Having made its debut in 2017, the first season of GLOW focused on sleazy deadbeat director-of-failures Sam Sylvia (Marc Maron) and how he created GLOW by enlisting out-of-work actresses and other assorted misfits and hopefuls, and shaping them into wrestling characters.
If you haven’t watched GLOW S2 yet, stop reading now.
In Season 2 a year later, it transpired that this was something of an unexpected success, which became a syndicated TV show, and the characters – in and out the ring – developed accordingly.
And now in Season 3, there is hardly any ring-time (although a mid-season character-swap brings some wonderful comic relief during which everyone looks like they are having enormous fun, even if some prickles emerge later); instead, the “action” is focused on personal issues.
This in turn leads to Ruth (Alison Brie) taking a step back in favour of story arcs focusing on her colleagues, although her relationship with Sam is still to be considered.
With the move from Los Angeles (where the TV show got cancelled at the end of Season 2) to Las Vegas and a residency at an off-strip hotel and casino, we pick up the story with Ruth’s arch rival Debbie (played by Betty Gilpin) stepping up as a producer, along with Sam and Bash (Chris Lowell).
As Liberty Belle, Ruth’s “Zoya The Destroyer” nemesis and one of the GLOW headliners, Debbie must learn to juggle work while raising a baby boy, whose milestones she’s missing at a rate of knots.
Sheila “The She Wolf” (Gayle Rankin) discovers she has some previously unexplored talents which could bring her out of her shell and the comfort of her disguise/costume. Bash and Rhonda (Kate Nash), who got married at the end of Season 2, ostensibly for Rhonda’s green card, find that marriage isn’t a fairy tale. In Rhonda’s effort to keep him interested, we see Bash struggling to come to terms with something we, frankly, have known since day one.
Elsewhere, Yolanda/Junkchain (Shakira Barrera) and Arthie “Beirut the Mad Bomber” (Sunita Mani) are facing and questioning the realities of a lesbian relationship in an intolerant 80s climate. And to add to this pile-on of thought-provoking themes, cultural appropriation and profiling get their moment too.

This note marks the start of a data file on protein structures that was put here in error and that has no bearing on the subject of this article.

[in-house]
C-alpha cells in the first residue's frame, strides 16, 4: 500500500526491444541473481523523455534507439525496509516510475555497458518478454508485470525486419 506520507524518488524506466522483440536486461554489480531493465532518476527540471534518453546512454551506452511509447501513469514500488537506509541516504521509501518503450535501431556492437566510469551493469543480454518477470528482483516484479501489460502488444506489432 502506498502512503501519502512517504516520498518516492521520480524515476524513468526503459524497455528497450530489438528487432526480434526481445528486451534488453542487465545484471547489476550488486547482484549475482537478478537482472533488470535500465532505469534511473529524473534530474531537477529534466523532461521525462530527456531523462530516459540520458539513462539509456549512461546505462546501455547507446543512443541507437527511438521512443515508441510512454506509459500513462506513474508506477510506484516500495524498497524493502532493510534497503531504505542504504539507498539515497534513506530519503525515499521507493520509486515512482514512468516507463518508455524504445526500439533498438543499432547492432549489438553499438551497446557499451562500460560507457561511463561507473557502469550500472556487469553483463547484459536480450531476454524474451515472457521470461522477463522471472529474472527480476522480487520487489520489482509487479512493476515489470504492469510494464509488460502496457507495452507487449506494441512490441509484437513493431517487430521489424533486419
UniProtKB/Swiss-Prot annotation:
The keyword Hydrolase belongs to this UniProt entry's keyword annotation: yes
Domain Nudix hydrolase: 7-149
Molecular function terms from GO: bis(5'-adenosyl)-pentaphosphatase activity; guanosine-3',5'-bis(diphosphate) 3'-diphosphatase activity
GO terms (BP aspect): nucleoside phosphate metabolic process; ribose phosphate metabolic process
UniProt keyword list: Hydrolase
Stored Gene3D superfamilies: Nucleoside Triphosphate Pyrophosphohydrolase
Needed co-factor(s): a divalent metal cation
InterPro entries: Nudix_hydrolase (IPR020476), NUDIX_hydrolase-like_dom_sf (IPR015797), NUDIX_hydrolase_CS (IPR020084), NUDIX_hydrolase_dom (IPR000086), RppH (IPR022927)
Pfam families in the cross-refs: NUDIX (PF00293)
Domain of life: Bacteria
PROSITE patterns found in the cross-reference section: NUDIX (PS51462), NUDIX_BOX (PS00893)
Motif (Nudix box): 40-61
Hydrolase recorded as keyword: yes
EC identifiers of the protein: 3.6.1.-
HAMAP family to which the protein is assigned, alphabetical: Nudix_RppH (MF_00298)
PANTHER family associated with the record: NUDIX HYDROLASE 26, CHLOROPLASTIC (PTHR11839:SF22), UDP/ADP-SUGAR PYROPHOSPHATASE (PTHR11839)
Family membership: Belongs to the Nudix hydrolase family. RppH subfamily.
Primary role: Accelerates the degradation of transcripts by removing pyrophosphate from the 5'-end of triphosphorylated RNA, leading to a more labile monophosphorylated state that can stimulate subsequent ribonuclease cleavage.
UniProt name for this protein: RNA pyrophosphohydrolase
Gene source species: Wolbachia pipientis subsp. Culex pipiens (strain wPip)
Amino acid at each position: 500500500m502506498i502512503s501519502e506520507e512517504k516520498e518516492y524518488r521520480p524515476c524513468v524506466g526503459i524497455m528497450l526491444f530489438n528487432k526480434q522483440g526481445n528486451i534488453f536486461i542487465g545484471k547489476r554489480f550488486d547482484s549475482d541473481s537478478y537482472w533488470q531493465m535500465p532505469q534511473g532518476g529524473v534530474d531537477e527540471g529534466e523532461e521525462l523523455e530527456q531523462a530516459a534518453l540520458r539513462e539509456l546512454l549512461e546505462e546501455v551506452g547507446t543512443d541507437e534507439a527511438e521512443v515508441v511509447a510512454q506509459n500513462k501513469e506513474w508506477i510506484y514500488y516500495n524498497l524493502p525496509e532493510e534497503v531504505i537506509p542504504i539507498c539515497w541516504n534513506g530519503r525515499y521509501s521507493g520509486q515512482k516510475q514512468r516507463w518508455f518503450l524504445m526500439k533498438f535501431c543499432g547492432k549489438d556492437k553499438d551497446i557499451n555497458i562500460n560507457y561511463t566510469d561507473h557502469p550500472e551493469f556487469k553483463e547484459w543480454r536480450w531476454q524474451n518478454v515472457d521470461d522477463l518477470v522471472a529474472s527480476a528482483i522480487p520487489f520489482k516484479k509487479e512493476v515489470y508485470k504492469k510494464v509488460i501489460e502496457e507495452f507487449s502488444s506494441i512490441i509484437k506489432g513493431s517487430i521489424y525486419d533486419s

Not once does any of this feel as if it’s being dished out with a shovel; it’s authentic and relevant, and we can forgive the reining in of the wrestling in exchange for these tender insights and their resolution – as well as the reminder of how things have changed (or not) in the past few decades.
Geena Davis joins the cast as a recurring character in this season, as hotel manager and former showgirl (there’s another issue tackled – body image) Sandy Devereaux St Clair, as does Kevin Cahoon as Bobby Barnes, a versatile drag queen who forms an unexpected bond with Sheila.
The season finale is neatly packaged, and has enough of the necessary possibilities for a fourth season, but at the same time, if that doesn’t happen, we can deal with it without therapy.
Do you enjoy “fictional” series based on real life? Here are a few more
If you’re looking for the real life that has been imitated by art, you should also watch the Netflix documentary about the genuine women wrestlers of the 1980s, who inspired this series. Also, Welfare Queen/Tamee (who gets her own focus episode in Season 3, dealing with the physical toll of wrestling) is played by real-life wrestler Kia Stevens, lending this fictional account a hefty dose of extra credibility.